One of the aspects that makes sales interesting is everybody is different. To be a great sales professional, you need to have the ability to be able to build rapport with all walks of life. We naturally gravitate towards people that behave the same as ourselves, however in sales we don’t always have the luxury to choose whom we work with and we therefore we need to be able to make everybody comfortable in dealing with us.
Carl Jung, the Swiss psychologist identified four different behaviour types and labelled them in colours and descriptions:
- Red which he labelled as Fire
These behaviours are direct, competitive, tenacious, stubborn, and obnoxious and therefore have to be dealt with accordingly. They will clash the most with harmonious behaviours (green).
2. Yellow which he labelled as an extravert
These behaviours are energetic, friendly, outgoing, short attention span, positive and upbeat people. They will clash the most with the analysts (blue).
3.Green which he labelled as harmonious
These behaviours are gentle, kind, supportive, polite, calm and selfless. They will clash the most with the fire behaviour (red).
4.Blue which he labelled as an analyse
These behaviours are reserved, crave detail, good listeners, and keep themselves to themselves, professional and concise. They will clash the most with the extraverts (yellow).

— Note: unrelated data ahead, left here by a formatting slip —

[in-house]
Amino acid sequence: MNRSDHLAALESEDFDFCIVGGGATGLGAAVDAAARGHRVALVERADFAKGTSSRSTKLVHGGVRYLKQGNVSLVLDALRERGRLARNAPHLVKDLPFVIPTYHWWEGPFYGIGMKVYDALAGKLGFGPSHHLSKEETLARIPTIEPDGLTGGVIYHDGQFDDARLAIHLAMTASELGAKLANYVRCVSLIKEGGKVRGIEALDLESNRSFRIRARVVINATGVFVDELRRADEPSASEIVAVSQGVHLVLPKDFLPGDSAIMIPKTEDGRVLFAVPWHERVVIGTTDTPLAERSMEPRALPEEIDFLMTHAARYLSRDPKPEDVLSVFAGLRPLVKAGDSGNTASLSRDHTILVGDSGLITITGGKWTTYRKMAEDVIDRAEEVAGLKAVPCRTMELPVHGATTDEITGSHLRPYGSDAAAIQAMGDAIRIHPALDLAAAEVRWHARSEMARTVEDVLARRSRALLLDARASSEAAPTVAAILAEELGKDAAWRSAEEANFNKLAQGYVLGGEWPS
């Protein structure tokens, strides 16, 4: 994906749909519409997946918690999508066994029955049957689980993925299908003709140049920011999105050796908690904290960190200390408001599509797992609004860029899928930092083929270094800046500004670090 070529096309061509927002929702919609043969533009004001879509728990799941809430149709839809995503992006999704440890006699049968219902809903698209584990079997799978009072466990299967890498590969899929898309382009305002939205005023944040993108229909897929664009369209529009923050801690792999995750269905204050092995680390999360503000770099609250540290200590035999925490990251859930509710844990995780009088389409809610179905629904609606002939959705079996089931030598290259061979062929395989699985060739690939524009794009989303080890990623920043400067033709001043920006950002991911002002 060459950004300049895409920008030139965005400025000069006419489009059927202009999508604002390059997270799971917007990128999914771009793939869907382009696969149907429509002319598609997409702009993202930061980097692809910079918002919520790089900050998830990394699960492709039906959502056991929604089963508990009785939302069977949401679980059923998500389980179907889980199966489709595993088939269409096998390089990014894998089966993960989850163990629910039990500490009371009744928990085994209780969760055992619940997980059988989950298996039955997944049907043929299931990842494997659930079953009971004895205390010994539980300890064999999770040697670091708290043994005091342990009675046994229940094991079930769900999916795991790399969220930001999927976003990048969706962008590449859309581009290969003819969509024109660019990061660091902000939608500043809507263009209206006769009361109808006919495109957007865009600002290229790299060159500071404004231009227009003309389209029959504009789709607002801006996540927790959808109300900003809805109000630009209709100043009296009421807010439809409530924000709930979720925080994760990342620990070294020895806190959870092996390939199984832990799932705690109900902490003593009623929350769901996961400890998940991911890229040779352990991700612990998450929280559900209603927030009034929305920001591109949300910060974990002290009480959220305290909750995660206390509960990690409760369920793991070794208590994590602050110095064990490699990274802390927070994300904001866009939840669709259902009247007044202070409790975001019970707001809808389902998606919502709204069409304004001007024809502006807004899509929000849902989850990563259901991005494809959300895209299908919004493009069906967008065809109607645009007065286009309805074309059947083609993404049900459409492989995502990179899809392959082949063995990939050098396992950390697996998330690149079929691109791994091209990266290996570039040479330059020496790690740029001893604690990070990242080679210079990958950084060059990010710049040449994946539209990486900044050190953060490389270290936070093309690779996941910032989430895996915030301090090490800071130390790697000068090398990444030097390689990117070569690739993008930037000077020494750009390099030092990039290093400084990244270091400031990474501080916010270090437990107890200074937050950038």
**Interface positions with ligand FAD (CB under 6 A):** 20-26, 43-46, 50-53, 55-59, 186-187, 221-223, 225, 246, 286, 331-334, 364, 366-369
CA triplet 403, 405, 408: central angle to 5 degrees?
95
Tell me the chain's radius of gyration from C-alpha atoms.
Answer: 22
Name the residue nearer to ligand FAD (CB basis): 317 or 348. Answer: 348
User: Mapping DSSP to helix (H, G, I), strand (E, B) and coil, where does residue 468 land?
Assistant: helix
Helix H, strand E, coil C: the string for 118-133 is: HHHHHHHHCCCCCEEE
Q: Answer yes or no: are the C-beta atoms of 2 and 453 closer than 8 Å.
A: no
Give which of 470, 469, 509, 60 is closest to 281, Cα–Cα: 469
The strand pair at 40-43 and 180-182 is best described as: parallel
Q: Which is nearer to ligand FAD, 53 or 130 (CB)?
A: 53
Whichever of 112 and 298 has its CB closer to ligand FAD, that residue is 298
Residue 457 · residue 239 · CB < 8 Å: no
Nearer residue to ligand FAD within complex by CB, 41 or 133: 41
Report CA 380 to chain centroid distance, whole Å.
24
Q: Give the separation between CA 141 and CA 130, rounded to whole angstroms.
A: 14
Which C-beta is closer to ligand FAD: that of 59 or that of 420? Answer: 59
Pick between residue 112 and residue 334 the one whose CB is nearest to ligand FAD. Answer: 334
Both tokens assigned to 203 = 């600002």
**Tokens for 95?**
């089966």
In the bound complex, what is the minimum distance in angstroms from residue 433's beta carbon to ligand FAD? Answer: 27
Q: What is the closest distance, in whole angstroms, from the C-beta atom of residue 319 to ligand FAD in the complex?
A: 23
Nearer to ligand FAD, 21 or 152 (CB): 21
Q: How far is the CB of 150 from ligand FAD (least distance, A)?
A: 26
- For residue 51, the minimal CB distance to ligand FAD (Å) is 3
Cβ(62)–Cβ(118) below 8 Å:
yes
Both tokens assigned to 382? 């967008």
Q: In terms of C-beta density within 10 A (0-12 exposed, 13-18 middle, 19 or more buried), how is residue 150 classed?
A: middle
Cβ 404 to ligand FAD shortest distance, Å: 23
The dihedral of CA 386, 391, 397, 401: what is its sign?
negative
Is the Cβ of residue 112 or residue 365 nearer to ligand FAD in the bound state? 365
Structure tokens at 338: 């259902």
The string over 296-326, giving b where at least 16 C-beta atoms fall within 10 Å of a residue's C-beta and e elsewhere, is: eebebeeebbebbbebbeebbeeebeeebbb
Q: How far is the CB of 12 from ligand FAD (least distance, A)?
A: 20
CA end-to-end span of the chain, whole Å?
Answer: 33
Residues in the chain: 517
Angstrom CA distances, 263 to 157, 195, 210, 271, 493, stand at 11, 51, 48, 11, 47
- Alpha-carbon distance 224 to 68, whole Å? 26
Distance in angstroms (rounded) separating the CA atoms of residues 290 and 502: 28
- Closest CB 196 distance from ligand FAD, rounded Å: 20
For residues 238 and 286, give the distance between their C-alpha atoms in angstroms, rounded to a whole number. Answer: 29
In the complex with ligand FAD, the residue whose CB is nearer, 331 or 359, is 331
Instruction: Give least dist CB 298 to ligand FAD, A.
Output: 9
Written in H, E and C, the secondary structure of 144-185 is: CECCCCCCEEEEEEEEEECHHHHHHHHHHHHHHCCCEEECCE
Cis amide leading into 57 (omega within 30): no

As a sales professional, the key is to identify the behaviour you’re dealing with and most importantly ADAPT to that person. The technique is called ‘matching’ which has derived from Neuro Linguistic Programming (NLP) where you need to learn to match or copy the person or people you’re speaking with. Over the telephone you need to match their tone, pace, volume, formality and their language. They say in NLP, if you can see the world through John Smith’s eyes, you are more likely to get John Smith to buy from you. My take on that belief is that if you appear like you are on the same page as a person, then they will be comfortable with dealing with you.
In your question you mention you don’t ‘click’ with certain people. It’s likely that the people you don’t click with will have the opposite behaviour to you. As an example I am an extravert (yellow) and I find it the most challenging to build relationships with analysts (blue). When I sold software many years ago, my key decision makers were software engineers and technical architects; they were extreme blues. Therefore I had to seriously adapt to their behaviours to make them comfortable in dealing with me. My meetings were very formal, detailed, and technical and no banter whatsoever. Therefore to build rapport with them was very different to how I build rapport with fellow extraverts. However, once I was aware of this, it became easier to ‘click’ with more people as I began to understand what the different behaviours looked for from me.